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A. Humphrys

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About A. Humphrys

  • Birthday July 8

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    Roanoke, VA
  1. Awesome photos Jesus, I really hope these tuyeres are just what you and Denis are looking for. I had a lot of fun working on the project. One thing Jesus did not mention is his seemingly unending patience. Denis and Jesus handed the waxes over to me just over a year ago. I smoothed up the waxes, gated the tree up and got it ready for coating. Long story short, an equipment problem set us back and then my wife had a baby and I fell off the face of the earth. Peter Kim took up the torch, and fit the project in between his thesis, getting the coatings on, burning out, touch ups, and fin
  2. Scott, I would launch that bodkin any day, and I wouldn't ever think to question if it was your first or not. What diameter stock did you start with and what size shaft does it mate up with? Keep it up! You're making me want to go build one myself!
  3. http://www.bladesmithsforum.com/index.php?showtopic=17294 When I first started experimenting I used something like this. Though I have to admit the one in the thread is much nicer than what I built. I made do with it for a few months, but as my interest picked up I moved to something a bit larger that runs off a large propane tank, the little guys add up quickly and they freeze up after too long. Adam
  4. Wow...now that's just gorgeous. Don't keep it all to yourself for too long! Can't wait to see the full photos. Is it a Nagamaki?
  5. Oups! Count my words out Caleb. Wrong alloy, wrong quenchant. It's already been posted, but oil is the way to go with leaf springs. Without knowing the chemistry, its hard to peg the exact alloy but most people I've talked with treat it as 5160. 5160 is an oil quencher in the knife world. The Pearlite nose graph is a good one to know. It goes by a couple of names and the best results are found using "triple T graph" "TTT Graph" or "Isothermal Transformation Diagram" this tells you what to expect when you quench at a certain speed. For this case, in order to get past the
  6. Did I read right that this is 1080? If so then you're probably not going to like your results from your oil/wax mixture. You're going to want a very fast oil, a brine, or water quench. You have under one second to get your sword from 1500F to under 1000F in your quench for full martensite transformation. I do not think your mixture will get you there. Best, Adam
  7. I used to be Rob! Wish I still was. I shot for about 12 years before I hurt my right wrist. Don't really remember how I got the injury but the three finger release has a tendency to make the damage worse. I haven't shot in about two years. Before I got hurt I was working on learning to shoot English warbows. I had trained myself up to about 75 at 31" before I had to stop. My wood shop is still full of bow building supplies and tools and more arrow components than I know what to do with. I have two boxes of peacock primaries that I'm sure the moths will get to before I do. Mick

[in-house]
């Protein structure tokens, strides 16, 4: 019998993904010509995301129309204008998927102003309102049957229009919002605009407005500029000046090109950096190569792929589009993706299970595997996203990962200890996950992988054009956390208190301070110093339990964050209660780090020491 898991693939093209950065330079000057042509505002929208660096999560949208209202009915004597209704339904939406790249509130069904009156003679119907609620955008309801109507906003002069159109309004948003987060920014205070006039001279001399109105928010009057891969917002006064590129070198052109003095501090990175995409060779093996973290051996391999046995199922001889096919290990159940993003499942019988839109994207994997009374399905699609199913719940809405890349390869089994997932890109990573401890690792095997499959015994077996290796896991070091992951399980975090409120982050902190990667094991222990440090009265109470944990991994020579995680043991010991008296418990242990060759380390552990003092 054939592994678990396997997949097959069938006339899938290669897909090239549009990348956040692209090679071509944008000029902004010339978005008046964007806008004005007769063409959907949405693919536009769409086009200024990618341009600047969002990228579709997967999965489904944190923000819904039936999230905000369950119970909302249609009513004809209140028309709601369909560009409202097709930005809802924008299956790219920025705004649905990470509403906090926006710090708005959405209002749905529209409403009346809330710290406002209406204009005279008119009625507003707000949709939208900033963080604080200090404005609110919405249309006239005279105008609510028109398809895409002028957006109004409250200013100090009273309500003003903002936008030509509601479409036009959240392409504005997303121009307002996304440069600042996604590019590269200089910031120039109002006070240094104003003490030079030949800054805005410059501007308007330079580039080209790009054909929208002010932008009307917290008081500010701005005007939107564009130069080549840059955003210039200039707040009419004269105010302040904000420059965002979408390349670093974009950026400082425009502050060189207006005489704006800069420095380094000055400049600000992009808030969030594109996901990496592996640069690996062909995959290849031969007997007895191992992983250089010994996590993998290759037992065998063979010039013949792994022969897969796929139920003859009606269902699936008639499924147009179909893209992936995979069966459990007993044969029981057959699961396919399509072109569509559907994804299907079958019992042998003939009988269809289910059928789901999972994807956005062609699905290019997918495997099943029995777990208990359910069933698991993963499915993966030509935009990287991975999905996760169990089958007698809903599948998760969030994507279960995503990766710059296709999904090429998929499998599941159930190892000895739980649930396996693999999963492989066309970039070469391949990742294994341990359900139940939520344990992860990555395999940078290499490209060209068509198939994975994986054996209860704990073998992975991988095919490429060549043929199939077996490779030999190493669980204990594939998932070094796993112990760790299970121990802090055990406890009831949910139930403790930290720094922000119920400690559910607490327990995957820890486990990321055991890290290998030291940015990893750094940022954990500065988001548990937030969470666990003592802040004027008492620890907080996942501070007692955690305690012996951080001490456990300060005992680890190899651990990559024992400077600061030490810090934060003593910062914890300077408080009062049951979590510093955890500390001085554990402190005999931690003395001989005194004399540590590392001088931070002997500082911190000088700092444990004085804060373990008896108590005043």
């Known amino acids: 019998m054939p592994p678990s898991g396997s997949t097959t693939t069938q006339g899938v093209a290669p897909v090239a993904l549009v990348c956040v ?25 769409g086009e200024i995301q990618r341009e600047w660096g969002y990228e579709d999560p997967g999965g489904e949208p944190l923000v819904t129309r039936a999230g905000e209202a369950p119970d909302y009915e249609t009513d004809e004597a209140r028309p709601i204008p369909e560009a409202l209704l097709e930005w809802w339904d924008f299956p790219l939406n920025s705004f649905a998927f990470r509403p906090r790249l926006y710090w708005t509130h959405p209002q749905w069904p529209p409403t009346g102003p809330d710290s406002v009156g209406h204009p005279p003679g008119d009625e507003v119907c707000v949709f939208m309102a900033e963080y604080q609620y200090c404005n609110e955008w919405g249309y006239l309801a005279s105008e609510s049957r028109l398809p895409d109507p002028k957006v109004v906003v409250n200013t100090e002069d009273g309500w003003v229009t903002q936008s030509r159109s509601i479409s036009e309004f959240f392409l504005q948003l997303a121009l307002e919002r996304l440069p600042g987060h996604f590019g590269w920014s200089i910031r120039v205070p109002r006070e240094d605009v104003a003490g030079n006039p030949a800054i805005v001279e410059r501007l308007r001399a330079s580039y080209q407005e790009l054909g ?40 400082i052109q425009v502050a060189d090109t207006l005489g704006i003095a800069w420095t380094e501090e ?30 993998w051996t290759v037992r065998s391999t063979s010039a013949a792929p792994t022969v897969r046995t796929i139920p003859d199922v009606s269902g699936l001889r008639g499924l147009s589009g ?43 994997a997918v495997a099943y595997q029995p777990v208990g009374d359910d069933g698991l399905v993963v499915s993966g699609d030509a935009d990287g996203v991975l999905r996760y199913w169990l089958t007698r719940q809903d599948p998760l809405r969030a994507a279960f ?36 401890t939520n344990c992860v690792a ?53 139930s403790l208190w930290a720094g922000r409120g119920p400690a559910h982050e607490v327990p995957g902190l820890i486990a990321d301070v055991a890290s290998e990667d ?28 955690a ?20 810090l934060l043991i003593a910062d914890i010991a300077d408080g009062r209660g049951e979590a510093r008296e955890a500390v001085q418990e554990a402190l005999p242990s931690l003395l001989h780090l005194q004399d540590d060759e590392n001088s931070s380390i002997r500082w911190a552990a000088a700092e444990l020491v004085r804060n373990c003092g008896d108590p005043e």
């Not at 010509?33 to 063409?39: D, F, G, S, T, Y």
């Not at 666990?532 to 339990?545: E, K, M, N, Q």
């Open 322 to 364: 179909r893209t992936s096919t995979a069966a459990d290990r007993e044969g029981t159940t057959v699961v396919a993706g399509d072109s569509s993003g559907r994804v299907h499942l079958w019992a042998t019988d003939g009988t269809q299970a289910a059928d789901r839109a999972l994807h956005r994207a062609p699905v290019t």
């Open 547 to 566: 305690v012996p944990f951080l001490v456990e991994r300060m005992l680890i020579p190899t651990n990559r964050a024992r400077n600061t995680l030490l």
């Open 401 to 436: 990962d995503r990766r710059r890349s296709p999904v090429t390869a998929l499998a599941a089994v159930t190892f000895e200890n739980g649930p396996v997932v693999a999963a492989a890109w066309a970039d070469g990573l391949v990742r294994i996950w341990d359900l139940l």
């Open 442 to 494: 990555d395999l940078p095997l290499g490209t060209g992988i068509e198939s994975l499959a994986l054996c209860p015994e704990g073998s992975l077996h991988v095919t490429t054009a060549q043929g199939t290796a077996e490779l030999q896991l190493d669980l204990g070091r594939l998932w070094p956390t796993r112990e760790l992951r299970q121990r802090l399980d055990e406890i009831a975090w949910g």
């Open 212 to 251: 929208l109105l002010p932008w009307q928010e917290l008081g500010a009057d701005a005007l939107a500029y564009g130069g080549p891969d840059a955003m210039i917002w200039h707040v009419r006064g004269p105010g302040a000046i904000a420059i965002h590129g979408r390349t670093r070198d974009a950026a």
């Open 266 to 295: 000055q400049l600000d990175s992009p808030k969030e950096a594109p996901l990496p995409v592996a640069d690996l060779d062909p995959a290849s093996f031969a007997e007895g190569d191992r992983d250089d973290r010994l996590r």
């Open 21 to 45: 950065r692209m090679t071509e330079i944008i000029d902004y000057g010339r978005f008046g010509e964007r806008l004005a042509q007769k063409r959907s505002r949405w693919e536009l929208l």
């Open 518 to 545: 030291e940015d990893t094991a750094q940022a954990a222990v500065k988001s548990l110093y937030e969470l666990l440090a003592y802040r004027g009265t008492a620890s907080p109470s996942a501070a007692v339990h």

8. Oh man.. Gotta wake up the zombie thread! Well I have a mixed update. Good news is that the iron anvil is alive and well and currently being used by some summer research students. The steel anvil... well lets say attempt two is in the future. The short pour dictated taking a bit more off the top than we had anticipated, meaning that some unlucky lab help will be getting friendly with a grinder and the horn at some point in the future. As for the steel anvil, half of it worked. The other half ran out into the pit. To make a short story shorter, the mold got abused a bit between mold
  9. John, I'd just about kill for a shop like this of my own. That said I couldn't afford to run it for more than a month. I'm grateful for every chance to work with VT's facilities now that I'm an alum. Bruce, 8620 makes some great base material for other steel alloys. But in the end you might be correct. I don't have my technical books in front of me at the moment, but i doubt that 8620 quenches too hard. I seem to remember it has some cold work potential though.. But don't hold me to any of that. As for induction hardening... I'm going to leave that to the experts.. and the guy
  10. Thanks for the kind words gentlemen. As I said before, Anvil morphology was not my strong suit.. it didn't even occur to me that I had cut the base in too deep until I went back and looked at my drawings after casting the sample. The bright side on that is it helps with the directional solidification... which lets me get away with our riser configuration. I think I can make it work though. If I do this again, it will be much smaller of an arc if at all and yeah, I think I would go well beyond the typical anvil. The picture below is the hot side of the foundry lab. The cold side co
  11. I've been a lurker here for a while, but I figured my latest project might just be worth sharing. I hope you all agree. Just a bit of an introduction. My name is Adam Humphrys, I'm not much of a bladesmith, but I'm hoping to get better. My saving grace is that I'm pretty decent at casting things. I graduated from Virginia Tech this year as a Materials Scientist and Engineer, going on to get a job as a metallurgist for an engineering firm. That said, one of the best parts of my education, about two years of it, was participating in the VT FIRE program. (Foundry Institute for Research and Educa
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